Could Brain-Eating Amoeba Invade Your Faucet?

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Following the September death of a young boy in St. Bernard Parish, La. from a brain-eating amoeba found in household water, state officials have confirmed the same amoeba has been found in a northern Louisiana parish's water. The amoeba, called Naegleria fowleri, which proves deadly if water is ingested through the nose, has also been identified in recent weeks in Florida, Mississippi and Arkansas.

The findings have some worried the deadly amoeba could turn up in even more faucets.

"We used to think of this particular amoeba as something that occurred primarily in Southern states," said Francine M. Cabral, a professor of microbiology and immunology at Virginia Commonwealth University, who has studied Naegleria fowleri for several decades. "But there have even been cases in Minnesota and further north, so we now know it can happen anywhere."

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There's a dangerous single-celled amoeba lurking in lakes across the country that can literally eat your brain.

People infected with the amoeba, which was first discovered in 1965, are asymptomatic until it is actually feeding on the brain. Symptoms are then similar to other forms of meningitis, including severe head pain, neck pain, nausea, vomiting and rapidly increasing body temperature. Once the single-cell organism enters the nasal passages, it travels rapidly to the brain, and death usually occurs within one to two weeks from brain swelling and deterioration.

In response to the number of incidences in Louisiana, state health officials announced they will implement new standards to kill the amoeba in water systems by increasing the amount of chlorine and ammonia to disinfect the water. The standards will exceed federal standards issued by the Environmental Protection Agency (EPA), but it is unclear if other states will follow suit.

"There are two ways the amoeba gets in the water system," Raoult Ratard, Louisiana state epidemiologist told Discovery News.

"One would be through the filtration treatment plants, if it is not properly removed. The other is if there are breaks in the water lines, so that the amoeba can get in from other sources as it travels through the lines. If there is a good level of residue of chlorine, more than 0.5 milligrams per liter, then the amoeba should not survive."

Ratard said the filters being used now are the same as those used in dialysis, which not only improves the water quality, but also makes any amoeba present much easier to detect.

"The risk of the amoeba being found in the water supply could happen anywhere, because it is most often in warmer waters or in standing waters," Ratard said. "Areas where there is a lot of pollution in the water system are at risk, especially after a break in the lines, because there is so much material that is going to consume most of your chlorine, causing you to lose chlorine in a small part of the water system."

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The Centers for Disease Control (CDC) reports there have been 130 cases of primary amoebic meningoencephalitis in the past 50 years, and only two of those affected survived. Between 2003 and 2013, 30 cases were reported with no survivors.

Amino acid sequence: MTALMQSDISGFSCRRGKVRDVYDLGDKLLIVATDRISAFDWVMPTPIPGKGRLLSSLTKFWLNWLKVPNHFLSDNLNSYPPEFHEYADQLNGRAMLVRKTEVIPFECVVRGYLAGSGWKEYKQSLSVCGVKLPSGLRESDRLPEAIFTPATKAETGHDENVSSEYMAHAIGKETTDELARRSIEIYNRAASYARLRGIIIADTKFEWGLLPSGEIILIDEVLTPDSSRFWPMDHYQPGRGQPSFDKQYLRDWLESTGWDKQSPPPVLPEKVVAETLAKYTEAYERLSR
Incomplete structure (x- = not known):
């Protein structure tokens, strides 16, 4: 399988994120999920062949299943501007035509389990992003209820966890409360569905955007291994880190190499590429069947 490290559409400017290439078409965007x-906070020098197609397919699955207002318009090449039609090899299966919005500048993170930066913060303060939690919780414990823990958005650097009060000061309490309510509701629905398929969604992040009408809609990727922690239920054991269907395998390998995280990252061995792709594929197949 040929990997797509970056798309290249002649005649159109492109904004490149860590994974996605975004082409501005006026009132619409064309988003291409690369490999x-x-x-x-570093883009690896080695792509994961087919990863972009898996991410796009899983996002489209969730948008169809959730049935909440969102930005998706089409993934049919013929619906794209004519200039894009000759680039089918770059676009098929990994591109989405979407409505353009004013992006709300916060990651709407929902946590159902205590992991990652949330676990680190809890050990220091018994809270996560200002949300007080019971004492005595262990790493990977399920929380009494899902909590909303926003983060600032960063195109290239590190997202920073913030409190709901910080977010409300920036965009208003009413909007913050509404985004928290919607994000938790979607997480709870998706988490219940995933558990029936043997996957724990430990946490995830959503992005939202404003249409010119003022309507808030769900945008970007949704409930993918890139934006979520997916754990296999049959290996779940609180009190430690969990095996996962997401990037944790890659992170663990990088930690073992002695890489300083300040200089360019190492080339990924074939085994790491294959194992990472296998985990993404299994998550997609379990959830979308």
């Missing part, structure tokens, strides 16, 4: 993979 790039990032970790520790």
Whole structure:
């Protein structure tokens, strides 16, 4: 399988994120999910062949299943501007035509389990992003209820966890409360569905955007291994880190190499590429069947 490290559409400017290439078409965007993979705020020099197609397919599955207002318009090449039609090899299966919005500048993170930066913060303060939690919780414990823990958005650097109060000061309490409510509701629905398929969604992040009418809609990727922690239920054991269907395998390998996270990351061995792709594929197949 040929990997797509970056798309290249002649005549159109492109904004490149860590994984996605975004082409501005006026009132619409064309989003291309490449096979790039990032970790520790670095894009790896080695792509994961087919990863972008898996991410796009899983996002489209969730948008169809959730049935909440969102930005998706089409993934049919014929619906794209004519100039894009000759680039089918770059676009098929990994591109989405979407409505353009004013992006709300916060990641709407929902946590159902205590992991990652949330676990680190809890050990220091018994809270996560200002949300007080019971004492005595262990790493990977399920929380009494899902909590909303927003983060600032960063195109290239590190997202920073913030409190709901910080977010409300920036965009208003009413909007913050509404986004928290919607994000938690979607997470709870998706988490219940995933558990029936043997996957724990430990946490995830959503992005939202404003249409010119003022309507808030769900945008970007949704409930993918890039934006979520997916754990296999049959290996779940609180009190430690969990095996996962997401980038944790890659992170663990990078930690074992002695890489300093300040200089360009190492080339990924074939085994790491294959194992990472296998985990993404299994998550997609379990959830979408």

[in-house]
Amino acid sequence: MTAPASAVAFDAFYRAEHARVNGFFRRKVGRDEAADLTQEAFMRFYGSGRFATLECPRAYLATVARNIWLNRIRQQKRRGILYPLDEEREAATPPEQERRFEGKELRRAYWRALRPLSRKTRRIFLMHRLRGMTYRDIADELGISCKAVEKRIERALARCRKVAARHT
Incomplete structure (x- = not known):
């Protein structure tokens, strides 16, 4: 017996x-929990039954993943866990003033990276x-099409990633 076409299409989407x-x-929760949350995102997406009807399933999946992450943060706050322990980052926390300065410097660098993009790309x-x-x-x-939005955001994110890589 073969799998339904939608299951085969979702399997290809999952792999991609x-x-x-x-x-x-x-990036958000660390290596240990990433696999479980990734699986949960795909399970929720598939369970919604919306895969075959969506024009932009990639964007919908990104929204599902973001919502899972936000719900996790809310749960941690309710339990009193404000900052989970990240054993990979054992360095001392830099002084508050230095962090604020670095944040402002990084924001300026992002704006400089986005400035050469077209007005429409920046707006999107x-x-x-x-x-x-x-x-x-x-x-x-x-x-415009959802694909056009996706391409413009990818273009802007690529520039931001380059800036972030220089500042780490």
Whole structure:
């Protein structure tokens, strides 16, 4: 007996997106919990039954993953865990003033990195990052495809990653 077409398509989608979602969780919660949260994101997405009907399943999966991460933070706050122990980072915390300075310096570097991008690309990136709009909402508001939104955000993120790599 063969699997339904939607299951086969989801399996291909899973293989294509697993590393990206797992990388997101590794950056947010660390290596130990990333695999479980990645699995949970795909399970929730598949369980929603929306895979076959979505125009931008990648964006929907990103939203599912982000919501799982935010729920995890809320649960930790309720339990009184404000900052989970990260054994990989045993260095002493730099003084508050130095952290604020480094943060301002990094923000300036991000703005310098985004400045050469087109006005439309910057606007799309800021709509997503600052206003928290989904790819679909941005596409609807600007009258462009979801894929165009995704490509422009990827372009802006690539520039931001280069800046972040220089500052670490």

"For recreational sites, like water parks, the amoeba are in moist soil and when it rains if there is water around, the runoff will bring it from the soil to the water," Cabral said. "We know that it thrives in warm water, but now we also know that it can survive even in cooler water. So, swimming, diving, water sports can all be risky. You can’t be infected by swallowing the water. It has to enter through the nose, so we suggest using nose plugs or at lease holding your nose if you jump in the water."

The most pressing problem, according to Cabral, is that water is not routinely tested for amoeba in most municipalities. Instead, water is tested for bacteria that are more likely to cause intestinal problems. The most common of these is cryptosporidium, a parasite that needs a living organism from which to feed.

Naegleria fowleri, however is not a parasite like cryptosporidium, and it can feed off of everyday bacteria or yeast in the water.

In addition to avoiding submerging your head in high-risk water areas, the CDC also cautions users of a neti pot, sinus rinse bottles or other irrigation devices to boil their water for at least one minute before use.

It is important to note, said Cabral, that some people are more susceptible than others.

"Some physicians have found that if you have had a broken nose or deviated septum, or some other defect in the nasal area, you may be more susceptible to infection from Naegleria fowleri," she said. "Another thing we have found is that our complement immune system, our first line of defense in the body when an organism invades, somehow does not protect us against this amoeba."

Whether one will be negatively affected by the amoeba is unpredictable, said Cabral. "Many people can be exposed to the same water and maybe only one of them will be infected."

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